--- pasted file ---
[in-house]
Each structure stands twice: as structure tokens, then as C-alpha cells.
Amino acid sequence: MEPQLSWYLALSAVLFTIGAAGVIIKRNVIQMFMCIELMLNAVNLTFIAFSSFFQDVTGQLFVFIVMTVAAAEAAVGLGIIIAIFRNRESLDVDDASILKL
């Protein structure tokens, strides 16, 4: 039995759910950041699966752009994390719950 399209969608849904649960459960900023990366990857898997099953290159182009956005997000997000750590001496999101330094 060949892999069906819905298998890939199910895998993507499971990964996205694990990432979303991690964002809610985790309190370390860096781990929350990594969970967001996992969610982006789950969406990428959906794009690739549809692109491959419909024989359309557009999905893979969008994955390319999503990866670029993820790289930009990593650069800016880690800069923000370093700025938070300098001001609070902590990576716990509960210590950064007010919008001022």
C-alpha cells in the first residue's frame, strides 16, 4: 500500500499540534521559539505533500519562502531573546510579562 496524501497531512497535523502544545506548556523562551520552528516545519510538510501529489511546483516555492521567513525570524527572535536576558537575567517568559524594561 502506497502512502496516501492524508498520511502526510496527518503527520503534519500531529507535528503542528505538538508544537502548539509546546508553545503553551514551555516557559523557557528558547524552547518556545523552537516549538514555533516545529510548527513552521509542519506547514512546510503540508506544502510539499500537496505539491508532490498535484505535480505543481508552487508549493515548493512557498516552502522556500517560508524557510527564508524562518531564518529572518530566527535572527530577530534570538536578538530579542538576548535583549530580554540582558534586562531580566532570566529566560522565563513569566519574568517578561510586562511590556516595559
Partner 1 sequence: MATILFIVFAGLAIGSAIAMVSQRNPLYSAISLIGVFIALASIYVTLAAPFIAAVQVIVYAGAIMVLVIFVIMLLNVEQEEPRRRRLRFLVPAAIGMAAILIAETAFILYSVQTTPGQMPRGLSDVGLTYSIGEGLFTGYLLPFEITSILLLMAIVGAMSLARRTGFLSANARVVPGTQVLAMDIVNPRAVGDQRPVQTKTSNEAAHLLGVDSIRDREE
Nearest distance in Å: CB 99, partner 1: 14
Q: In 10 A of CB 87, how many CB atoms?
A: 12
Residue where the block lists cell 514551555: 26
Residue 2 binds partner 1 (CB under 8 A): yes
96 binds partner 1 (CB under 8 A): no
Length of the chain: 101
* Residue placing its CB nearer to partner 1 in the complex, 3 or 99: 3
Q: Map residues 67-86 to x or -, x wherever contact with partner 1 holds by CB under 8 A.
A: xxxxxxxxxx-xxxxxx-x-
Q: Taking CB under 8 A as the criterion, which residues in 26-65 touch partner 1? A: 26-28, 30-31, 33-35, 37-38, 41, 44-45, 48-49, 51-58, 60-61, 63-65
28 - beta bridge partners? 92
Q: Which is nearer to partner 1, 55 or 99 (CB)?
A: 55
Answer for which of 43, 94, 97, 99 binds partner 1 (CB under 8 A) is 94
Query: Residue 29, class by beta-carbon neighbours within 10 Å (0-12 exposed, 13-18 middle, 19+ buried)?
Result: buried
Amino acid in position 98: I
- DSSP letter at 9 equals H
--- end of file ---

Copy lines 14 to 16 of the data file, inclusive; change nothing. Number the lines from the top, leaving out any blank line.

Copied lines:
* Residue placing its CB nearer to partner 1 in the complex, 3 or 99: 3
Q: Map residues 67-86 to x or -, x wherever contact with partner 1 holds by CB under 8 A.
A: xxxxxxxxxx-xxxxxx-x-